I have been working in sports television for over a decade. I have seen standard definition turn to high definition and technology improve to help live remote broadcasts bring the action from the field into your living room. I have the honor of using cutting-edge equipment working all over the country.

I also do quite a bit of shooting detached from the live television truck and capture sports history with a camera that is recording to on-board tape, disk and hard drives. I shoot promotions, features and sport documentaries. Most of this is shot 720p, 1080i and 1080p, but I have been pushing sports television stations to consider off speed and higher resolutions.

Currently, shooting 4k is way beyond most of their broadcasting capabilities. However, most television stations are using powerful non-linear editing systems, and 4k can be manipulated in-house with the free RED CINE-X PRO software download. The raw high res footage gives the editors much more creative power in post with color space and frame size. Even though the final cut is exported in high definition, the resulting footage pops off the television screen.

Recently, I was hired to shoot feature video for a television station and Major League Soccer. I shot a New England Revolution soccer game from the sidelines, it was an uneventful tie. I somehow managed to get enough stuff in that single day to keep the client happy. But for the first time at a pro sporting event, I was shooting in 4k and at higher frame rates…ENG style. I shot off a Vinten Vision 10 AS tripod. Some of the dailies are in the edit above.

“ENG” stands for electronic news gathering and it is a generic term used to describe off the shoulder or tripod camerawork captured to tell a news/sports story. Nothing fancy, just record what you see in 29.97 frames per second and wrap sound around it. Production value is often compromised, using on camera lights and built in wireless systems. ENG is what you get when you are a one-man-band. You have to fight to bring back good looking stuff.

Digital cinema cameras like the RED (and even DSLRs) do not work well in fast paced ENG environments. These type of cameras are not “news” cameras and tend to be hard to operate run-and-gun style. I find my self taking much more time composing a shot using a RED with prime lenses because of the shallow focus, fixed focal length and accessories you need to pull it all off. Time is not always available in ENG Shoot mode.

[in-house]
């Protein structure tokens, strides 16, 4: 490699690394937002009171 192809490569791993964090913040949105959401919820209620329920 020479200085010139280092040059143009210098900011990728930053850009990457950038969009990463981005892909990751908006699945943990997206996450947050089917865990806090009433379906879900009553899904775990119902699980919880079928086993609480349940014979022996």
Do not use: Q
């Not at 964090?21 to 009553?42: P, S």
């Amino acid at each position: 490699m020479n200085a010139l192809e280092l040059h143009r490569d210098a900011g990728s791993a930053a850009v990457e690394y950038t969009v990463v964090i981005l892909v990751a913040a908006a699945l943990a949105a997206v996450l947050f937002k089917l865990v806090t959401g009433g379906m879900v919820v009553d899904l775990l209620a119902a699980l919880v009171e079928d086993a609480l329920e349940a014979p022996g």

I have seen NFL Films cameramen operating RED, ARRI and Phantom cameras with traditional 2/3 inch HD television lenses. Yes, they do shoot film with cine lenses zooming manually with their finger tips, but some are “cheating” a bit. Using the b4 adapter, they have the ergonomics of an ENG camera with electronic zoom control and ease of use. I found that a few companies like Century Optics, use to make adapters to go from PL to B4.

With help from Rule Boston Camera and Mike Sutton, I purchased a rare super 16mm to 2/3 inch b4 transformer adapter and I can use it on all my PL cameras. The 2/3 Fujinon 17×7.6 HD television lens I own covers the RED crop sensor in full at 2k. If I want to shoot at 4k on the RED, I have to engage the 2x extender on the Fujinon lens to cover the larger scanned RED sensor size.

This adapter is hard to find, but the closest thing that I have seen is the Abakus 132 Converter Lens. This is one of the adapters that I saw on the NFL Films cameras. MTF also makes one that I have never tested!

The footage is not tack sharp using the adapter at 4k, but it looks pretty good. I have full control because I can shoot with a familiar lens with full motor zoom. I bring back footage shot in higher frame rates not possible on a broadcast television camera. Slow motion and shallow depth of field….clients love that. They call it “cinematic” and anything that looks different from all the other interlaced stuff on TV makes them smile.

I am getting nearly 2.5 hours of non-stop shooting using the RED ONE MX and the 190 watt/hr Bebob Engineering lithium batteries. These things are powerful and only weigh 3 lbs. I am using the v-mount BeBob Rouge ML-120 hot swap adapter. This mini battery is always at the ready so I have a buffer to keep the camera powered even when the main battery dies or I do a battery change. As for the Bebob 190s, be sure to only carry them on airplanes (up to three if one is connected to the camera), you cannot check lithium batteries that are over 100 watt/hr. For more information on airline regulations and batteries please click here.

I can even operate the RED ONE MX camera off the shoulder using the Letus Master Cinema Series DSLR hand held kits. I modified them to hold the larger camera and used the shoulder pad directly on the bottom of the RED.

I shot some “ENG” feature stuff for the NBA and MLB…just a taste above.